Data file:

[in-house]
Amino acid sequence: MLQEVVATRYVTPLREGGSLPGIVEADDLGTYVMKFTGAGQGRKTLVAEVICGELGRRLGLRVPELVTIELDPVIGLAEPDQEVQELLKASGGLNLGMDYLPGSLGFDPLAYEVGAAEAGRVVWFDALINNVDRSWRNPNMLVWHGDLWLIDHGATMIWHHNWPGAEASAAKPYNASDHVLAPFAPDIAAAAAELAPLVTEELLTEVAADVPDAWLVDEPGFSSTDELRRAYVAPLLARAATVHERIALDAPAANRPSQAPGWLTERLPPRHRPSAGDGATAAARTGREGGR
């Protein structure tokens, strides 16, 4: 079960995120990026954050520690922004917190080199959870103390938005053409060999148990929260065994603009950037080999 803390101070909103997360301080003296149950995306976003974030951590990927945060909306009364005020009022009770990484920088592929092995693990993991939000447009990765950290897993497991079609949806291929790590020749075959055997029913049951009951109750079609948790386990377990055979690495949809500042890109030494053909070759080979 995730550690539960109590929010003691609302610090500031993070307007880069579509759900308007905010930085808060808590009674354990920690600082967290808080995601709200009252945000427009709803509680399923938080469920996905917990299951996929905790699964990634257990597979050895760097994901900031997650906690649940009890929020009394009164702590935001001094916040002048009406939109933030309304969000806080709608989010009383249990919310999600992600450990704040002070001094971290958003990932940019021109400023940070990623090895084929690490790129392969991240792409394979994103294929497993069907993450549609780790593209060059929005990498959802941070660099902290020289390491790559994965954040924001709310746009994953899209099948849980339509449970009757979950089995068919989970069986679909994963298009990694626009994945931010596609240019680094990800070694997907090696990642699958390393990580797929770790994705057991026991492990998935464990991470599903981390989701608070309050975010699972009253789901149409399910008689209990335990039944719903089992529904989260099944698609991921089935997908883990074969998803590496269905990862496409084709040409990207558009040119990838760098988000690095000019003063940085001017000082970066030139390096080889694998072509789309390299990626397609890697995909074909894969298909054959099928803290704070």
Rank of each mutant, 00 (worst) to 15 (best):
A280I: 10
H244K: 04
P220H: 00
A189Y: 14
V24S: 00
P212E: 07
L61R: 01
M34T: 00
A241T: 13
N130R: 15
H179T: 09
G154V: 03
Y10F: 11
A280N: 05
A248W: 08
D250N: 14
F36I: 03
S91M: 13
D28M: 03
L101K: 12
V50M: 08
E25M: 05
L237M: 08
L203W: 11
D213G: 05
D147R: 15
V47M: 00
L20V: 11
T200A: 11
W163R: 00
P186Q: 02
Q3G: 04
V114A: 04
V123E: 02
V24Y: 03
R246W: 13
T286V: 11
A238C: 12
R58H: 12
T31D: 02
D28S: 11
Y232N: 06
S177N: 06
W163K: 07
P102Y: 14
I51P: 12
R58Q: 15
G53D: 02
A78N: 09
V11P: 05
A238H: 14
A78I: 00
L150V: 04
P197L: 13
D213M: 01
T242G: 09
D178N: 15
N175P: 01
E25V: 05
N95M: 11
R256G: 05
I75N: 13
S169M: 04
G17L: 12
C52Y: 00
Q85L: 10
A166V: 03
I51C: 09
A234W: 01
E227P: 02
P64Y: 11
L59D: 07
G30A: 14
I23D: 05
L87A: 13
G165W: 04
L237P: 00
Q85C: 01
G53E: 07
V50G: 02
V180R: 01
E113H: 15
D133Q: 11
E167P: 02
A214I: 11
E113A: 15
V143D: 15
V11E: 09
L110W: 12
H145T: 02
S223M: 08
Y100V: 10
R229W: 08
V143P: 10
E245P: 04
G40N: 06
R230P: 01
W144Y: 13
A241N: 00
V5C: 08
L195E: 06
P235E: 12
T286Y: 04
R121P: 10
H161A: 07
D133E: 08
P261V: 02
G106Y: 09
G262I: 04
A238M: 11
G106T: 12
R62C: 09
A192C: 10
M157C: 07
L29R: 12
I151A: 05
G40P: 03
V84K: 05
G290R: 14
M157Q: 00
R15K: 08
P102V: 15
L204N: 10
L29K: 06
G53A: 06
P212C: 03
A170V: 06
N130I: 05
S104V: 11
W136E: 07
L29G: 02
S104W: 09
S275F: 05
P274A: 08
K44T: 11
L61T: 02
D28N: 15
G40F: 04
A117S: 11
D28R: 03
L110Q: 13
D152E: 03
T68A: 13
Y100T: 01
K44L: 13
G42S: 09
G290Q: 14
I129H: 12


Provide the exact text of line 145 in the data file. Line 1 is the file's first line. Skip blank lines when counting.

L110Q: 13